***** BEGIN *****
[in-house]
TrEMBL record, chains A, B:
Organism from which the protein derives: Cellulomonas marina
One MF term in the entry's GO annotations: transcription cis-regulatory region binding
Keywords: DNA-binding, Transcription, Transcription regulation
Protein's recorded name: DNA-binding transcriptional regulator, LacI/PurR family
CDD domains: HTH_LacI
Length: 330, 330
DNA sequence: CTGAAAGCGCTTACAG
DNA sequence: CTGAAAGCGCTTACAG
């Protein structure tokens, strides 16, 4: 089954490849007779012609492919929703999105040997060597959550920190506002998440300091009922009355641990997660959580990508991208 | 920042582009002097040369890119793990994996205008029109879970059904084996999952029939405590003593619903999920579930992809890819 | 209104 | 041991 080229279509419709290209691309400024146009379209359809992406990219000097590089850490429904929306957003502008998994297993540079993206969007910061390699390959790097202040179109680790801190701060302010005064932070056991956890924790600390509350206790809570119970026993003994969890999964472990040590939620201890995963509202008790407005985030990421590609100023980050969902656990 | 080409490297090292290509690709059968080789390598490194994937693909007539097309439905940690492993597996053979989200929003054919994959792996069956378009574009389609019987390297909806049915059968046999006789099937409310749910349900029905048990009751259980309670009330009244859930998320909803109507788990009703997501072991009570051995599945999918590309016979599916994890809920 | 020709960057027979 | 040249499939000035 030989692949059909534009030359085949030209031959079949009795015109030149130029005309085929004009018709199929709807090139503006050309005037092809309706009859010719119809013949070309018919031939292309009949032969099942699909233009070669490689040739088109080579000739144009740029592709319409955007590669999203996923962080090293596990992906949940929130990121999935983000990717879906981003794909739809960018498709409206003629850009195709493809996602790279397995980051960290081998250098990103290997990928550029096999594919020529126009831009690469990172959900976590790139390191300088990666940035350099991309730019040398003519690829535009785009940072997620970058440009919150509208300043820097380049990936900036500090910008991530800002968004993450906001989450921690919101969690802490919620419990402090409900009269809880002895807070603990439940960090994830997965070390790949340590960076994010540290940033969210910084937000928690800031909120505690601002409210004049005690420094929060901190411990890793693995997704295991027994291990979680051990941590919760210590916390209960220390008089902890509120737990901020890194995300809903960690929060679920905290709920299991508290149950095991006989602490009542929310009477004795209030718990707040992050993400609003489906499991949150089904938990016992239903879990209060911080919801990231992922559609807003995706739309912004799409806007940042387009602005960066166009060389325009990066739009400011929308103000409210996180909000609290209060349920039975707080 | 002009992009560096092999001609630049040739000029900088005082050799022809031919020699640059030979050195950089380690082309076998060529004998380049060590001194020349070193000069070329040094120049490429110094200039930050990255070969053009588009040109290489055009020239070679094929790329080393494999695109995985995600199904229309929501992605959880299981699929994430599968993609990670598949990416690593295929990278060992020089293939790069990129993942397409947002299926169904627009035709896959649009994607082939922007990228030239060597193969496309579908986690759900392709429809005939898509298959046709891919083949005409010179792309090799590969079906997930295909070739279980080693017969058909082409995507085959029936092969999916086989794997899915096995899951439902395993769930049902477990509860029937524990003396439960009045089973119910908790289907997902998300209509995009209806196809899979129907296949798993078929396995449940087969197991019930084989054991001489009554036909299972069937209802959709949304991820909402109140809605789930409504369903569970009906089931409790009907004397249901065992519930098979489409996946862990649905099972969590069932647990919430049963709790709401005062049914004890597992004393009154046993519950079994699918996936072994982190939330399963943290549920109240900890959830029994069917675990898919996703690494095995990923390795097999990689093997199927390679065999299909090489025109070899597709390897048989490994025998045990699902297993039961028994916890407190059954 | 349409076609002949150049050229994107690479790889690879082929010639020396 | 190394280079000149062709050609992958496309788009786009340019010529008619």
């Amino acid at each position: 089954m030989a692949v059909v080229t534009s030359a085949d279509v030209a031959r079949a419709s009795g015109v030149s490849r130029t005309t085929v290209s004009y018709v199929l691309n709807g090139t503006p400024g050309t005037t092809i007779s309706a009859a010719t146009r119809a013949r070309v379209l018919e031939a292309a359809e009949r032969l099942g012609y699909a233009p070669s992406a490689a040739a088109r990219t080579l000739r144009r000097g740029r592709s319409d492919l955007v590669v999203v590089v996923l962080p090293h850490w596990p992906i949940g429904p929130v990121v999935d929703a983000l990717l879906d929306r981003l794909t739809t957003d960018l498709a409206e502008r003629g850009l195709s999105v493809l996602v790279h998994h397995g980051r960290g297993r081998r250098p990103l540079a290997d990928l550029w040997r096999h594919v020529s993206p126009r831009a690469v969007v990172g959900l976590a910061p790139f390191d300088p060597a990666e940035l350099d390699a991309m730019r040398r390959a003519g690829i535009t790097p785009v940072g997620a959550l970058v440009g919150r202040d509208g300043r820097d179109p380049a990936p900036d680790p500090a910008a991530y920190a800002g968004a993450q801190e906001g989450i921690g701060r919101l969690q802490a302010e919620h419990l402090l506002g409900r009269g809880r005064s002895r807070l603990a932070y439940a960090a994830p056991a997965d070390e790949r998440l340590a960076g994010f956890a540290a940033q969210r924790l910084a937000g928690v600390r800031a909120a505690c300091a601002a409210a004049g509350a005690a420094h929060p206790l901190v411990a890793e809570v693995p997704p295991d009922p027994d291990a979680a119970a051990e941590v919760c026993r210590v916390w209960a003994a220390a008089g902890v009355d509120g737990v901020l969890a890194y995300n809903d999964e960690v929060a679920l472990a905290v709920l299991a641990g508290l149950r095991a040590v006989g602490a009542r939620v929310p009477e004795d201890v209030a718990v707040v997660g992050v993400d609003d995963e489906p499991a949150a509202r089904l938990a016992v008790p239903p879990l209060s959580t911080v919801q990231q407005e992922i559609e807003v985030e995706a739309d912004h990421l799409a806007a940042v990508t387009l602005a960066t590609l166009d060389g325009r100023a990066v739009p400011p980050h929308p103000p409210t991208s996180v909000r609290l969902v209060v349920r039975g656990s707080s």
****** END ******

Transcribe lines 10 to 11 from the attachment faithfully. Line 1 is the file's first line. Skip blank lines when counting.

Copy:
DNA sequence: CTGAAAGCGCTTACAG
């Protein structure tokens, strides 16, 4: 089954490849007779012609492919929703999105040997060597959550920190506002998440300091009922009355641990997660959580990508991208 | 920042582009002097040369890119793990994996205008029109879970059904084996999952029939405590003593619903999920579930992809890819 | 209104 | 041991 080229279509419709290209691309400024146009379209359809992406990219000097590089850490429904929306957003502008998994297993540079993206969007910061390699390959790097202040179109680790801190701060302010005064932070056991956890924790600390509350206790809570119970026993003994969890999964472990040590939620201890995963509202008790407005985030990421590609100023980050969902656990 | 080409490297090292290509690709059968080789390598490194994937693909007539097309439905940690492993597996053979989200929003054919994959792996069956378009574009389609019987390297909806049915059968046999006789099937409310749910349900029905048990009751259980309670009330009244859930998320909803109507788990009703997501072991009570051995599945999918590309016979599916994890809920 | 020709960057027979 | 040249499939000035 030989692949059909534009030359085949030209031959079949009795015109030149130029005309085929004009018709199929709807090139503006050309005037092809309706009859010719119809013949070309018919031939292309009949032969099942699909233009070669490689040739088109080579000739144009740029592709319409955007590669999203996923962080090293596990992906949940929130990121999935983000990717879906981003794909739809960018498709409206003629850009195709493809996602790279397995980051960290081998250098990103290997990928550029096999594919020529126009831009690469990172959900976590790139390191300088990666940035350099991309730019040398003519690829535009785009940072997620970058440009919150509208300043820097380049990936900036500090910008991530800002968004993450906001989450921690919101969690802490919620419990402090409900009269809880002895807070603990439940960090994830997965070390790949340590960076994010540290940033969210910084937000928690800031909120505690601002409210004049005690420094929060901190411990890793693995997704295991027994291990979680051990941590919760210590916390209960220390008089902890509120737990901020890194995300809903960690929060679920905290709920299991508290149950095991006989602490009542929310009477004795209030718990707040992050993400609003489906499991949150089904938990016992239903879990209060911080919801990231992922559609807003995706739309912004799409806007940042387009602005960066166009060389325009990066739009400011929308103000409210996180909000609290209060349920039975707080 | 002009992009560096092999001609630049040739000029900088005082050799022809031919020699640059030979050195950089380690082309076998060529004998380049060590001194020349070193000069070329040094120049490429110094200039930050990255070969053009588009040109290489055009020239070679094929790329080393494999695109995985995600199904229309929501992605959880299981699929994430599968993609990670598949990416690593295929990278060992020089293939790069990129993942397409947002299926169904627009035709896959649009994607082939922007990228030239060597193969496309579908986690759900392709429809005939898509298959046709891919083949005409010179792309090799590969079906997930295909070739279980080693017969058909082409995507085959029936092969999916086989794997899915096995899951439902395993769930049902477990509860029937524990003396439960009045089973119910908790289907997902998300209509995009209806196809899979129907296949798993078929396995449940087969197991019930084989054991001489009554036909299972069937209802959709949304991820909402109140809605789930409504369903569970009906089931409790009907004397249901065992519930098979489409996946862990649905099972969590069932647990919430049963709790709401005062049914004890597992004393009154046993519950079994699918996936072994982190939330399963943290549920109240900890959830029994069917675990898919996703690494095995990923390795097999990689093997199927390679065999299909090489025109070899597709390897048989490994025998045990699902297993039961028994916890407190059954 | 349409076609002949150049050229994107690479790889690879082929010639020396 | 190394280079000149062709050609992958496309788009786009340019010529008619």